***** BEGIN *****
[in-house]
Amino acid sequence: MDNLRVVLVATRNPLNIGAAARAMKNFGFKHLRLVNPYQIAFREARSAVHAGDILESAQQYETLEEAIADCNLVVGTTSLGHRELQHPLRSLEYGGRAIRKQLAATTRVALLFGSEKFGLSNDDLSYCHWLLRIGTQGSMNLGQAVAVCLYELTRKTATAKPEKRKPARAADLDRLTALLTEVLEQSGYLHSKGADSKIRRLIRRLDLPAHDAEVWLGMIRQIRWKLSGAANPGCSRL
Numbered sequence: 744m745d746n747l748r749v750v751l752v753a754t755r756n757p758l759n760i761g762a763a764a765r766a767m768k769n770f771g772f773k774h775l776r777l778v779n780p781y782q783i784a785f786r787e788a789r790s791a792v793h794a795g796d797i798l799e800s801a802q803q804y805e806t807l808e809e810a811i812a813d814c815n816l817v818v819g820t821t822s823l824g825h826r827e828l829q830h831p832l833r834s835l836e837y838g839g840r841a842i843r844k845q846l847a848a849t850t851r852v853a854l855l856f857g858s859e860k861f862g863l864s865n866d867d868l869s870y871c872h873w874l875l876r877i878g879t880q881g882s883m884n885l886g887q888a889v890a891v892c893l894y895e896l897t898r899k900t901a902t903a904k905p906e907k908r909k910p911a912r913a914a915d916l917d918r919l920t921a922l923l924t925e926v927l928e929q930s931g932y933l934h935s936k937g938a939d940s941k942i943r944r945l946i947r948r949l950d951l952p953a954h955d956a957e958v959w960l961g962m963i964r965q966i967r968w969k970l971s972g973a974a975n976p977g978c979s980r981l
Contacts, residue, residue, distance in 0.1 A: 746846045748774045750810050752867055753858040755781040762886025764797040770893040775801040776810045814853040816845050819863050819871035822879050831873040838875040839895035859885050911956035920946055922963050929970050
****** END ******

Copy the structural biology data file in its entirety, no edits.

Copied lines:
[in-house]
Amino acid sequence: MDNLRVVLVATRNPLNIGAAARAMKNFGFKHLRLVNPYQIAFREARSAVHAGDILESAQQYETLEEAIADCNLVVGTTSLGHRELQHPLRSLEYGGRAIRKQLAATTRVALLFGSEKFGLSNDDLSYCHWLLRIGTQGSMNLGQAVAVCLYELTRKTATAKPEKRKPARAADLDRLTALLTEVLEQSGYLHSKGADSKIRRLIRRLDLPAHDAEVWLGMIRQIRWKLSGAANPGCSRL
Numbered sequence: 744m745d746n747l748r749v750v751l752v753a754t755r756n757p758l759n760i761g762a763a764a765r766a767m768k769n770f771g772f773k774h775l776r777l778v779n780p781y782q783i784a785f786r787e788a789r790s791a792v793h794a795g796d797i798l799e800s801a802q803q804y805e806t807l808e809e810a811i812a813d814c815n816l817v818v819g820t821t822s823l824g825h826r827e828l829q830h831p832l833r834s835l836e837y838g839g840r841a842i843r844k845q846l847a848a849t850t851r852v853a854l855l856f857g858s859e860k861f862g863l864s865n866d867d868l869s870y871c872h873w874l875l876r877i878g879t880q881g882s883m884n885l886g887q888a889v890a891v892c893l894y895e896l897t898r899k900t901a902t903a904k905p906e907k908r909k910p911a912r913a914a915d916l917d918r919l920t921a922l923l924t925e926v927l928e929q930s931g932y933l934h935s936k937g938a939d940s941k942i943r944r945l946i947r948r949l950d951l952p953a954h955d956a957e958v959w960l961g962m963i964r965q966i967r968w969k970l971s972g973a974a975n976p977g978c979s980r981l
Contacts, residue, residue, distance in 0.1 A: 746846045748774045750810050752867055753858040755781040762886025764797040770893040775801040776810045814853040816845050819863050819871035822879050831873040838875040839895035859885050911956035920946055922963050929970050